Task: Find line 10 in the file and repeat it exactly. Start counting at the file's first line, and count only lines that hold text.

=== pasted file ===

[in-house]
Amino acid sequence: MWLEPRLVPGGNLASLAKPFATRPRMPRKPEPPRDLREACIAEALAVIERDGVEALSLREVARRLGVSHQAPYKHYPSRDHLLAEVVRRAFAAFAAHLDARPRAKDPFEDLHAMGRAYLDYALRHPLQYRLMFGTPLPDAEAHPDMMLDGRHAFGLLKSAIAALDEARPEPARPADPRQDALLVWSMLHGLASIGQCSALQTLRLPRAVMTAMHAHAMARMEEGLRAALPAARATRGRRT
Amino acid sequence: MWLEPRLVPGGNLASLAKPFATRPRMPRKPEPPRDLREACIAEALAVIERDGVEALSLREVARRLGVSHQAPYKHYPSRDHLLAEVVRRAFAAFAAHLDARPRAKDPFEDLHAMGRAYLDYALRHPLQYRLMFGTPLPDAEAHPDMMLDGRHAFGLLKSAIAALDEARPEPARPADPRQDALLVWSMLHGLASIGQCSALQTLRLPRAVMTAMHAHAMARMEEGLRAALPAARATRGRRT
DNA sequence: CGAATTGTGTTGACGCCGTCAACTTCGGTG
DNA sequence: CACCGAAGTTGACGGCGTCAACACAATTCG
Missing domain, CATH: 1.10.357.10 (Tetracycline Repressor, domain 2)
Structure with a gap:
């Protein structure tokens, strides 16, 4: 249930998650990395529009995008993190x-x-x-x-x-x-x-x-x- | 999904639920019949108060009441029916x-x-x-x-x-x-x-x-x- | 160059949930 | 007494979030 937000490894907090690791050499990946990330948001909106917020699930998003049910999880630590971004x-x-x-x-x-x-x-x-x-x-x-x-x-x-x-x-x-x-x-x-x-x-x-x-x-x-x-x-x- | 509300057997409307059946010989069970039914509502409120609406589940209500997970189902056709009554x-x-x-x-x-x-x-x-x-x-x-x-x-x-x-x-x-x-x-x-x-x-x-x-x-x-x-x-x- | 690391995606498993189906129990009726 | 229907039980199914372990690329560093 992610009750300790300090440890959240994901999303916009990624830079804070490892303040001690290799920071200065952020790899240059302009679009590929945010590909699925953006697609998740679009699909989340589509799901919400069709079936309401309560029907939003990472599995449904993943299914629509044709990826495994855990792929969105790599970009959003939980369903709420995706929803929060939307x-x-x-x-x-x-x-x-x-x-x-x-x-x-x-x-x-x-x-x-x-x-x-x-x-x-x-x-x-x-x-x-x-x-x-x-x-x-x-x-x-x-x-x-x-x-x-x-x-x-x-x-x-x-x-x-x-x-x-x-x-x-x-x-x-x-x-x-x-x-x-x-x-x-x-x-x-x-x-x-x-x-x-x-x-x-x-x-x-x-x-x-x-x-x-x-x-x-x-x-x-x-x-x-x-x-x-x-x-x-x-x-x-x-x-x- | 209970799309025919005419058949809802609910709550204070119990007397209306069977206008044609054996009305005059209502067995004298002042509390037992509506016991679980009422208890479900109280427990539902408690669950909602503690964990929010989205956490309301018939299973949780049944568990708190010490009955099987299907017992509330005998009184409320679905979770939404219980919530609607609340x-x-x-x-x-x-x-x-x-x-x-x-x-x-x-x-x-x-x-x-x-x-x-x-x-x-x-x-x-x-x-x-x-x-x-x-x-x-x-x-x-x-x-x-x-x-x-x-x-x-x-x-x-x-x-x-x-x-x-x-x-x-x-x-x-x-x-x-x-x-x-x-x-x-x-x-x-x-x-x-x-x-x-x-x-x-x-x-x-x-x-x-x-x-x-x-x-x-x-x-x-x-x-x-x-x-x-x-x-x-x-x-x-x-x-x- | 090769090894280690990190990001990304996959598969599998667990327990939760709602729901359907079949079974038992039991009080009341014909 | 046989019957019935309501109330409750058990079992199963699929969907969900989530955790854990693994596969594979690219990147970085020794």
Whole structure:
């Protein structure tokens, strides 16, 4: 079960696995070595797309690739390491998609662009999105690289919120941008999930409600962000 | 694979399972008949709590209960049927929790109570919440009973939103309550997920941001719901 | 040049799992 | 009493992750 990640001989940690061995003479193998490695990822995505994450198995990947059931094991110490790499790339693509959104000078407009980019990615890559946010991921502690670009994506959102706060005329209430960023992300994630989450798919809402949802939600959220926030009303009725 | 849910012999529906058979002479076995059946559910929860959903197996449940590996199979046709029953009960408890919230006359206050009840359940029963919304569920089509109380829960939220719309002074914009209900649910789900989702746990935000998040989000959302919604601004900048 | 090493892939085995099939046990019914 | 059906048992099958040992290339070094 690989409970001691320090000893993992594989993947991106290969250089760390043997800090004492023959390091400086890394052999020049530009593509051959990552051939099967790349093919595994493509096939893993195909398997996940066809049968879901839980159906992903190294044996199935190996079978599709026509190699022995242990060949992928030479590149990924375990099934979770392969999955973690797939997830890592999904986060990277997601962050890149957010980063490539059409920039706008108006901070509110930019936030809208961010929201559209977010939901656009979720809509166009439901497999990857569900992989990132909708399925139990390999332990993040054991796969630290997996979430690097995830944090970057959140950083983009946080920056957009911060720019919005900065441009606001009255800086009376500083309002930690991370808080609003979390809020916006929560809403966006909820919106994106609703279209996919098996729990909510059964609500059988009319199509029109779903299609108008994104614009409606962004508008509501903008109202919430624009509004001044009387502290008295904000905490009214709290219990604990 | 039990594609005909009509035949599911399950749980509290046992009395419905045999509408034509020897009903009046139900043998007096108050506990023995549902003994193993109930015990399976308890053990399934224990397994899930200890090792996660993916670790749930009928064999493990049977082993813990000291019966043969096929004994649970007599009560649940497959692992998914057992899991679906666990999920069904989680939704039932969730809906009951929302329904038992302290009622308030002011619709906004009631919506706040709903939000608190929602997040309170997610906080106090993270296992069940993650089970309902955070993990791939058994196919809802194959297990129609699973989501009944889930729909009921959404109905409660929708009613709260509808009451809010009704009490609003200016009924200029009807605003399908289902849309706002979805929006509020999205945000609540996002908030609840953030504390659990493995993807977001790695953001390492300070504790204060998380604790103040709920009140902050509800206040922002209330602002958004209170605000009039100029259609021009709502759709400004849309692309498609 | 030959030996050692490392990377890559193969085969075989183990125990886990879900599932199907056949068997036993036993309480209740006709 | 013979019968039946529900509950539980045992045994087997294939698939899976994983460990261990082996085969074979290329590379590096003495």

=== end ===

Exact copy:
């Protein structure tokens, strides 16, 4: 079960696995070595797309690739390491998609662009999105690289919120941008999930409600962000 | 694979399972008949709590209960049927929790109570919440009973939103309550997920941001719901 | 040049799992 | 009493992750 990640001989940690061995003479193998490695990822995505994450198995990947059931094991110490790499790339693509959104000078407009980019990615890559946010991921502690670009994506959102706060005329209430960023992300994630989450798919809402949802939600959220926030009303009725 | 849910012999529906058979002479076995059946559910929860959903197996449940590996199979046709029953009960408890919230006359206050009840359940029963919304569920089509109380829960939220719309002074914009209900649910789900989702746990935000998040989000959302919604601004900048 | 090493892939085995099939046990019914 | 059906048992099958040992290339070094 690989409970001691320090000893993992594989993947991106290969250089760390043997800090004492023959390091400086890394052999020049530009593509051959990552051939099967790349093919595994493509096939893993195909398997996940066809049968879901839980159906992903190294044996199935190996079978599709026509190699022995242990060949992928030479590149990924375990099934979770392969999955973690797939997830890592999904986060990277997601962050890149957010980063490539059409920039706008108006901070509110930019936030809208961010929201559209977010939901656009979720809509166009439901497999990857569900992989990132909708399925139990390999332990993040054991796969630290997996979430690097995830944090970057959140950083983009946080920056957009911060720019919005900065441009606001009255800086009376500083309002930690991370808080609003979390809020916006929560809403966006909820919106994106609703279209996919098996729990909510059964609500059988009319199509029109779903299609108008994104614009409606962004508008509501903008109202919430624009509004001044009387502290008295904000905490009214709290219990604990 | 039990594609005909009509035949599911399950749980509290046992009395419905045999509408034509020897009903009046139900043998007096108050506990023995549902003994193993109930015990399976308890053990399934224990397994899930200890090792996660993916670790749930009928064999493990049977082993813990000291019966043969096929004994649970007599009560649940497959692992998914057992899991679906666990999920069904989680939704039932969730809906009951929302329904038992302290009622308030002011619709906004009631919506706040709903939000608190929602997040309170997610906080106090993270296992069940993650089970309902955070993990791939058994196919809802194959297990129609699973989501009944889930729909009921959404109905409660929708009613709260509808009451809010009704009490609003200016009924200029009807605003399908289902849309706002979805929006509020999205945000609540996002908030609840953030504390659990493995993807977001790695953001390492300070504790204060998380604790103040709920009140902050509800206040922002209330602002958004209170605000009039100029259609021009709502759709400004849309692309498609 | 030959030996050692490392990377890559193969085969075989183990125990886990879900599932199907056949068997036993036993309480209740006709 | 013979019968039946529900509950539980045992045994087997294939698939899976994983460990261990082996085969074979290329590379590096003495």